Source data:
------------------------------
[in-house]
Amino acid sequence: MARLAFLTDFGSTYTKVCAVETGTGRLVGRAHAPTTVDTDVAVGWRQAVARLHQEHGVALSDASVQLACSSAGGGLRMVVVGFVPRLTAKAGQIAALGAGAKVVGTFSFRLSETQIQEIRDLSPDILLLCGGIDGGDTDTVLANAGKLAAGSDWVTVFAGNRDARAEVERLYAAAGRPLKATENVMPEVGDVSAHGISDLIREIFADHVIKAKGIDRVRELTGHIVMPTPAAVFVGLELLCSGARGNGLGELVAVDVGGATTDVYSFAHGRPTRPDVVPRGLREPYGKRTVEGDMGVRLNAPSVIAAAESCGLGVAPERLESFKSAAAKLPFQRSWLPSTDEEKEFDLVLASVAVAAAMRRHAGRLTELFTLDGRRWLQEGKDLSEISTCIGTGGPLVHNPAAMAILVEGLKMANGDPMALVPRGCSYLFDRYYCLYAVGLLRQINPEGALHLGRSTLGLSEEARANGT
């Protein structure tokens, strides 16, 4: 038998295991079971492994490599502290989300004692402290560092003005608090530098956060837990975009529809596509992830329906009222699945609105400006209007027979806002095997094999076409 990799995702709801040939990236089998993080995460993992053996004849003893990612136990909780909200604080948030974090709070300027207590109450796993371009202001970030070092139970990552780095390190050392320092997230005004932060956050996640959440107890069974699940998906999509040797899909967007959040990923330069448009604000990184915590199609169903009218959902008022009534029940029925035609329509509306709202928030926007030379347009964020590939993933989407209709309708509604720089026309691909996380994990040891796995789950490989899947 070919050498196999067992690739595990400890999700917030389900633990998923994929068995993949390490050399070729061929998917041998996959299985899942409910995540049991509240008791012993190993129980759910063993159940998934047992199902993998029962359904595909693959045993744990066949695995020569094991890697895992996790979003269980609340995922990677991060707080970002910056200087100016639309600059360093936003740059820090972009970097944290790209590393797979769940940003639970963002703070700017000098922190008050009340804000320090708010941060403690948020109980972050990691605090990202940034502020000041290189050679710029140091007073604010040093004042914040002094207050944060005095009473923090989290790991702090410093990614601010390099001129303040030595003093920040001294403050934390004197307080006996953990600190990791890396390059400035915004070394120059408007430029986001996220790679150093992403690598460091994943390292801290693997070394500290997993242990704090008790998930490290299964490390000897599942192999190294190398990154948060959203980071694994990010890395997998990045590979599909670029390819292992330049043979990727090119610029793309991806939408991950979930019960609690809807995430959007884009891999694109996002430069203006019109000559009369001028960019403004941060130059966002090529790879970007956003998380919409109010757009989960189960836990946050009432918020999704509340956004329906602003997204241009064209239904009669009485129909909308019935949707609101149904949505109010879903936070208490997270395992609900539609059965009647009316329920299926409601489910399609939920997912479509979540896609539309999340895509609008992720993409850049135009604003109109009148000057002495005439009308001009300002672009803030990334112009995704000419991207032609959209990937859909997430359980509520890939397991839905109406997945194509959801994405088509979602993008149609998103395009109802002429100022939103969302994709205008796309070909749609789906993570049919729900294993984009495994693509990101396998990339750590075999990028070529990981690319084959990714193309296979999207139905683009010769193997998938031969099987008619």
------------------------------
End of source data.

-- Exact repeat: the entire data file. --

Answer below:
[in-house]
Amino acid sequence: MARLAFLTDFGSTYTKVCAVETGTGRLVGRAHAPTTVDTDVAVGWRQAVARLHQEHGVALSDASVQLACSSAGGGLRMVVVGFVPRLTAKAGQIAALGAGAKVVGTFSFRLSETQIQEIRDLSPDILLLCGGIDGGDTDTVLANAGKLAAGSDWVTVFAGNRDARAEVERLYAAAGRPLKATENVMPEVGDVSAHGISDLIREIFADHVIKAKGIDRVRELTGHIVMPTPAAVFVGLELLCSGARGNGLGELVAVDVGGATTDVYSFAHGRPTRPDVVPRGLREPYGKRTVEGDMGVRLNAPSVIAAAESCGLGVAPERLESFKSAAAKLPFQRSWLPSTDEEKEFDLVLASVAVAAAMRRHAGRLTELFTLDGRRWLQEGKDLSEISTCIGTGGPLVHNPAAMAILVEGLKMANGDPMALVPRGCSYLFDRYYCLYAVGLLRQINPEGALHLGRSTLGLSEEARANGT
């Protein structure tokens, strides 16, 4: 038998295991079971492994490599502290989300004692402290560092003005608090530098956060837990975009529809596509992830329906009222699945609105400006209007027979806002095997094999076409 990799995702709801040939990236089998993080995460993992053996004849003893990612136990909780909200604080948030974090709070300027207590109450796993371009202001970030070092139970990552780095390190050392320092997230005004932060956050996640959440107890069974699940998906999509040797899909967007959040990923330069448009604000990184915590199609169903009218959902008022009534029940029925035609329509509306709202928030926007030379347009964020590939993933989407209709309708509604720089026309691909996380994990040891796995789950490989899947 070919050498196999067992690739595990400890999700917030389900633990998923994929068995993949390490050399070729061929998917041998996959299985899942409910995540049991509240008791012993190993129980759910063993159940998934047992199902993998029962359904595909693959045993744990066949695995020569094991890697895992996790979003269980609340995922990677991060707080970002910056200087100016639309600059360093936003740059820090972009970097944290790209590393797979769940940003639970963002703070700017000098922190008050009340804000320090708010941060403690948020109980972050990691605090990202940034502020000041290189050679710029140091007073604010040093004042914040002094207050944060005095009473923090989290790991702090410093990614601010390099001129303040030595003093920040001294403050934390004197307080006996953990600190990791890396390059400035915004070394120059408007430029986001996220790679150093992403690598460091994943390292801290693997070394500290997993242990704090008790998930490290299964490390000897599942192999190294190398990154948060959203980071694994990010890395997998990045590979599909670029390819292992330049043979990727090119610029793309991806939408991950979930019960609690809807995430959007884009891999694109996002430069203006019109000559009369001028960019403004941060130059966002090529790879970007956003998380919409109010757009989960189960836990946050009432918020999704509340956004329906602003997204241009064209239904009669009485129909909308019935949707609101149904949505109010879903936070208490997270395992609900539609059965009647009316329920299926409601489910399609939920997912479509979540896609539309999340895509609008992720993409850049135009604003109109009148000057002495005439009308001009300002672009803030990334112009995704000419991207032609959209990937859909997430359980509520890939397991839905109406997945194509959801994405088509979602993008149609998103395009109802002429100022939103969302994709205008796309070909749609789906993570049919729900294993984009495994693509990101396998990339750590075999990028070529990981690319084959990714193309296979999207139905683009010769193997998938031969099987008619």